In the meantime, Greg and Deborah did everything they could think to do to find their daughter. They called Lily’s cell phone carrier to find out where exactly she had been when she made those two calls and found that they had been made east of the law school. They also called the bank to find out about the withdrawal attempts. Greg and Deborah gave all this information to the Northeast officers.

Deputy Chief Sergio Diaz, the commanding officer for Central Bureau of the LAPD, which includes Northeast, said that, from the beginning the case was treated seriously. Lily was not considered a runaway. Northeast detectives searched all night but found nothing, he said.

Everything changed at 6:15 on Saturday morning. That is when an employee of a downtown business saw a woman’s body in a parked car and called 911. The dead woman turned out to be young, a teenager. It was Lily Burk.

Central division homicide was quickly called in. The lead detective on the case was Robert Nelson.

The Central detectives—a group that eventually would quickly grow to six detectives, and some additional uniformed officers—- caught one small break because Samuels was stupid. Or maybe he just panicked, or was too high to think rationally, or alternately was too desperate for a fix to cover his tracks very thoroughly. In any case, police found fresh fingerprints on the driver’s side of the car that were not those of a young woman. On Sunday morning, he discovered that the prints matched a man who was already in custody.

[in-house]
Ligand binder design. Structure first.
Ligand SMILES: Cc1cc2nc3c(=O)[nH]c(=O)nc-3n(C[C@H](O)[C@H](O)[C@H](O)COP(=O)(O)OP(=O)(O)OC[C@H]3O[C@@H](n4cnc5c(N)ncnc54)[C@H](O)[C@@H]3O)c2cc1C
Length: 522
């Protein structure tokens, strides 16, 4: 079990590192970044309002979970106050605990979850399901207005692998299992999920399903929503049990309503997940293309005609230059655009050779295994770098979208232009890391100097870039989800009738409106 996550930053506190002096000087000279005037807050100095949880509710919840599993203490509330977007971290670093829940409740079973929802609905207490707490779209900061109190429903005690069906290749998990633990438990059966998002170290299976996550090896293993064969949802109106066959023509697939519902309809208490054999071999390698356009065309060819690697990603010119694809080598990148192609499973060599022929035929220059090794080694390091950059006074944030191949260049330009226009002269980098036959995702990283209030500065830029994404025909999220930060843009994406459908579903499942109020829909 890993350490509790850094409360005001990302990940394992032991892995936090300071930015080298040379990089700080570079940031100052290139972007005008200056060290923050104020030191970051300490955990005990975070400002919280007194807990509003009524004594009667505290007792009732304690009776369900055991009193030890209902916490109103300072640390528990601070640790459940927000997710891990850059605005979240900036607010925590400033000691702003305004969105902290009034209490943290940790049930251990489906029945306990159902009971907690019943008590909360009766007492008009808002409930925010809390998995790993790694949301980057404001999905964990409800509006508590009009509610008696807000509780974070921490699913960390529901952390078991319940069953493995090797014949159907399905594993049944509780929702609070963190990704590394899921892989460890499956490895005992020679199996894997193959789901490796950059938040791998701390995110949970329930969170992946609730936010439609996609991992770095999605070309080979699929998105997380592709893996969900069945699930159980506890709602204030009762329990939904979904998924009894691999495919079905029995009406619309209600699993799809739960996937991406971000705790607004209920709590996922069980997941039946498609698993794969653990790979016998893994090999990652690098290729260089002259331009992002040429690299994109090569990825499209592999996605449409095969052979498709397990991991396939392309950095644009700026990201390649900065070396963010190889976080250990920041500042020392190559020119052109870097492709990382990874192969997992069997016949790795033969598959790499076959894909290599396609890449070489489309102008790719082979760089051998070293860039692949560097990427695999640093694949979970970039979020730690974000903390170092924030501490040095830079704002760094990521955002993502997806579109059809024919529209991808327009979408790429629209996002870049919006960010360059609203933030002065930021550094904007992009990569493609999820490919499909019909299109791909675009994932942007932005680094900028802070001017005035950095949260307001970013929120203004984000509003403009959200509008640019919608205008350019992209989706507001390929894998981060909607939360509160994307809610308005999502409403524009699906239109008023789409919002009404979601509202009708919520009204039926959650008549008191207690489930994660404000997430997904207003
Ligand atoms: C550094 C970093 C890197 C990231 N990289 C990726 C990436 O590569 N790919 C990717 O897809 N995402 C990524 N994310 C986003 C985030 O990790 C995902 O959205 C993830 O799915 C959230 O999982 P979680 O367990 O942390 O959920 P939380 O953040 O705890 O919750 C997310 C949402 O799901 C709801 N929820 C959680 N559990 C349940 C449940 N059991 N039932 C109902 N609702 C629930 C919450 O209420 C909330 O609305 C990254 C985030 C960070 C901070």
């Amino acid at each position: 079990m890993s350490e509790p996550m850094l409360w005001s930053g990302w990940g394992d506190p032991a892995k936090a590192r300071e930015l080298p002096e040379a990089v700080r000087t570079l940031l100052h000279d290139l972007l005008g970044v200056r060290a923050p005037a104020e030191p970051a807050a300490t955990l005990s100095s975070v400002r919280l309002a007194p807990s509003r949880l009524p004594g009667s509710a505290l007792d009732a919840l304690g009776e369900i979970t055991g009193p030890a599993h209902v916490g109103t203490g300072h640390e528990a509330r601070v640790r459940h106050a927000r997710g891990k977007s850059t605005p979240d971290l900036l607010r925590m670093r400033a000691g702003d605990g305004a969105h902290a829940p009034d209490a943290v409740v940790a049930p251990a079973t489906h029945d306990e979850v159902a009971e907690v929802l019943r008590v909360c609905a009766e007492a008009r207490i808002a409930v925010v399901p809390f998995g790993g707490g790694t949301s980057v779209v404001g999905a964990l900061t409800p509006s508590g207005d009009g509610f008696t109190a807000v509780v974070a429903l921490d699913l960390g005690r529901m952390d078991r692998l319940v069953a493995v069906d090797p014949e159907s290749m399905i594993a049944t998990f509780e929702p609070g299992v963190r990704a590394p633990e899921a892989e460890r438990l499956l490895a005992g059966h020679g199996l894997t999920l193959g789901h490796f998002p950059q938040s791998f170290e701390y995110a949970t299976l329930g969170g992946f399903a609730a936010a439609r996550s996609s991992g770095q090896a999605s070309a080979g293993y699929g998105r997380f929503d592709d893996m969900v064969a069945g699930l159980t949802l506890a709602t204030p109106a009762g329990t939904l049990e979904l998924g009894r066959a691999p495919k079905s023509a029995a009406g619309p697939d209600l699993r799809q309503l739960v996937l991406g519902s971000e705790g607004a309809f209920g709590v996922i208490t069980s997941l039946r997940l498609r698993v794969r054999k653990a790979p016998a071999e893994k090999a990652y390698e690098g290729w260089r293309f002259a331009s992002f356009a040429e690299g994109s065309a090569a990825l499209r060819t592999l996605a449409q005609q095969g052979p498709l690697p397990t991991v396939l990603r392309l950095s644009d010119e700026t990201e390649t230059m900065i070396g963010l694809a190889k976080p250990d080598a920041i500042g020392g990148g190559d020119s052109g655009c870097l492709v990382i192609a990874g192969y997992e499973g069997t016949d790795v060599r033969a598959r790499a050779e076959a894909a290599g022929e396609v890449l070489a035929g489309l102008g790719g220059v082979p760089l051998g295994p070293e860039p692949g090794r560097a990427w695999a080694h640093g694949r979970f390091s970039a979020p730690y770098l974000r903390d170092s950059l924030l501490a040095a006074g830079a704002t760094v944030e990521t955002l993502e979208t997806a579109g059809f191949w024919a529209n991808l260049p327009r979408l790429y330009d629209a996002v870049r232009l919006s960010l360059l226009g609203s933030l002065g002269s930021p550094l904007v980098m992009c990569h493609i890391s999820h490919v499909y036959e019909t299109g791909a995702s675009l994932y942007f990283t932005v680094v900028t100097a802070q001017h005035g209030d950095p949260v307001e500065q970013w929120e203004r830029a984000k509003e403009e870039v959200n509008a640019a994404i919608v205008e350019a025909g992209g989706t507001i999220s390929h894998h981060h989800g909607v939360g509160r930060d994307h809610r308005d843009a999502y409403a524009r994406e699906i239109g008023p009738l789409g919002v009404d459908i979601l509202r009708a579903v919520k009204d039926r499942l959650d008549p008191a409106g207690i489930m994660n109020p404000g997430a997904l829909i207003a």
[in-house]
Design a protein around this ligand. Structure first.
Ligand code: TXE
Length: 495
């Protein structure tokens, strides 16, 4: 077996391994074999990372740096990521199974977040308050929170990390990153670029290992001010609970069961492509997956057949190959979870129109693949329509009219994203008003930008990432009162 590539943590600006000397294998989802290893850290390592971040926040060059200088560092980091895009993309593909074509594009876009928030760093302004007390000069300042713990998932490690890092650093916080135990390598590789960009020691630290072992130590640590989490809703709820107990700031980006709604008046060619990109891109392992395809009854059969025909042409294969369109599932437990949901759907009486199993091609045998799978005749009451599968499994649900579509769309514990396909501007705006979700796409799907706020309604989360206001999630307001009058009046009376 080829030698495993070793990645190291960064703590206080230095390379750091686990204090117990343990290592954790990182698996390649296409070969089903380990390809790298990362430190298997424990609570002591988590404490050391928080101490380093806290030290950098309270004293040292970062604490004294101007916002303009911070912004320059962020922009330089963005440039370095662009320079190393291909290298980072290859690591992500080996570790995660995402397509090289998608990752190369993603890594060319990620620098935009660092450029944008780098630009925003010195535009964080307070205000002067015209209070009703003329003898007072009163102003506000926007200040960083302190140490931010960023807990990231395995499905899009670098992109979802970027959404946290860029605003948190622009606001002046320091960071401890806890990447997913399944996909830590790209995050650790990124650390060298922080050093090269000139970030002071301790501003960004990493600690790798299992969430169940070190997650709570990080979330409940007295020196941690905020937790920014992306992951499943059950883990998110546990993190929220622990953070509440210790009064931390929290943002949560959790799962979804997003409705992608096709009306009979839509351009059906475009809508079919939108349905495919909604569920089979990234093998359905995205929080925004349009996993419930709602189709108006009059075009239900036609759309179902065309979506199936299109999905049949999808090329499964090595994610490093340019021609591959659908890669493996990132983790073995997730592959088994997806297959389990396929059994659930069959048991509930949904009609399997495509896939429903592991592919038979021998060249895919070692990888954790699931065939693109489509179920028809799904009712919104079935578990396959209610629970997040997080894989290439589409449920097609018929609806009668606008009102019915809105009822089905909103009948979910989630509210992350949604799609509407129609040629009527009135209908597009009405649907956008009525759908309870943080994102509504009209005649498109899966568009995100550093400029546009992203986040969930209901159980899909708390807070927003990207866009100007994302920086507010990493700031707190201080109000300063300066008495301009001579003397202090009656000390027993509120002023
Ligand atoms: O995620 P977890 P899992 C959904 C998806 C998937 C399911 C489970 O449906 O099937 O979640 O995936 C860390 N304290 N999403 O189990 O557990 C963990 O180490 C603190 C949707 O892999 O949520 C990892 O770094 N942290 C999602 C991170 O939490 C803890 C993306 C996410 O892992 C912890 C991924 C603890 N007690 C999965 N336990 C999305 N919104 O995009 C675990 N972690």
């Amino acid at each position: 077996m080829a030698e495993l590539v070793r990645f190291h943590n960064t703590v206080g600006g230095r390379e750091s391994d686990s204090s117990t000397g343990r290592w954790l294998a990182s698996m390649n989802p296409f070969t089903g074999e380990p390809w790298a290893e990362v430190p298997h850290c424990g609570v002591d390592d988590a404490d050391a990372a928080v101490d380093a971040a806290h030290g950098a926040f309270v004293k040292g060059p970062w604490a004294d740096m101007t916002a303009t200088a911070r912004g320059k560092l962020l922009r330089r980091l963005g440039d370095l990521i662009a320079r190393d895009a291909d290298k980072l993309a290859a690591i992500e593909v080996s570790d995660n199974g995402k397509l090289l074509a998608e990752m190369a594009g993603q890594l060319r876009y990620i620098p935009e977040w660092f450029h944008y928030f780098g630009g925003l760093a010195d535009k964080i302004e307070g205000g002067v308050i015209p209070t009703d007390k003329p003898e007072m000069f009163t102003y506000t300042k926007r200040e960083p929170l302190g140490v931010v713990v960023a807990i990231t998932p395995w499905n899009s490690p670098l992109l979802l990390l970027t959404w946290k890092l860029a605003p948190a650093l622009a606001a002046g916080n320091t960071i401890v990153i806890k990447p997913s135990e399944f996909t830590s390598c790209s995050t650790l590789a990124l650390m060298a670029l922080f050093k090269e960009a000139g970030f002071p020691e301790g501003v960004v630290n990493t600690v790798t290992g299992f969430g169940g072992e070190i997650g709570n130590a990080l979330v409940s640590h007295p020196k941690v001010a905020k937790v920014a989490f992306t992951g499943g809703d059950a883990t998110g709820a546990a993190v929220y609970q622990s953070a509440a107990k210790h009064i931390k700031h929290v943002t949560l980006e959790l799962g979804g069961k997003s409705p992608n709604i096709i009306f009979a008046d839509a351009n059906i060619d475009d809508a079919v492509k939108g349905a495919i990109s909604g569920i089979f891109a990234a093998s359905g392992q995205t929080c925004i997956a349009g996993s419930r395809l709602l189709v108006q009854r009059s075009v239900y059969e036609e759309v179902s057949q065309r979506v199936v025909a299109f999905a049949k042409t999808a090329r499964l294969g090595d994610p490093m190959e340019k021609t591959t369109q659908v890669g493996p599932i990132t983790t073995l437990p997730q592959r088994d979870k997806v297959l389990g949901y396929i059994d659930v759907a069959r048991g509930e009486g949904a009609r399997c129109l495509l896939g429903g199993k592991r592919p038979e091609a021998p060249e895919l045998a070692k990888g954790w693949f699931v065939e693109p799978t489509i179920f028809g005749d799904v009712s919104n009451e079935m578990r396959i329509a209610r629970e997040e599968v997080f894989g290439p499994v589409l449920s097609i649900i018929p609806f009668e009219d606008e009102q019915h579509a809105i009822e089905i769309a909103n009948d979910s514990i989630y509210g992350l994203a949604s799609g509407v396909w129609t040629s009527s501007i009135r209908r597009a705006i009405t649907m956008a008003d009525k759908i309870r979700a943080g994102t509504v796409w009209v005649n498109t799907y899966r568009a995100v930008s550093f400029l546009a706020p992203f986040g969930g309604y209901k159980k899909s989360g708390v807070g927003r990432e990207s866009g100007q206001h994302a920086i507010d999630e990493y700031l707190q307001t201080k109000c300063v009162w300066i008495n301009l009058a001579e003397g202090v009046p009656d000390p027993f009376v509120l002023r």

However prints alone are not enough for a case. For the next nearly 48 hours detectives worked in the field getting what they hoped would be the rest of the evidence needed for a solid prosecution.

At 9 p.m. Sunday night, Samuel was officially arrested for Lily’s murder. According to the sheriff’s department inmate information site, he was booked at 11:27 that same night.

A law enforcement source told the LA Times that Samuel had a “previous history of assault with a deadly weapon, robbery and kidnapping.”

Although the arrest was made Sunday night, Central homicide detectives had not yet gone home when officers came into the station for the 6:15 a.m. shift change on Monday morning, a Central officer told me.

The official announcement of the arrest was made around 7. After that Detective Nelson, Detective Thayer Lake, and their core crew went to breakfast.

The department held a press conference at 11 a.m on Monday.

“This case strikes close to home for all of us with children,” said LAPD Deputy Chief Sergio Diaz when he was in front of the press microphones. “This is really a parent’s worst nightmare.”

Yes. It does. I have already talked to my own 23-year-old son twice today because I had the irrational need to hear his voice.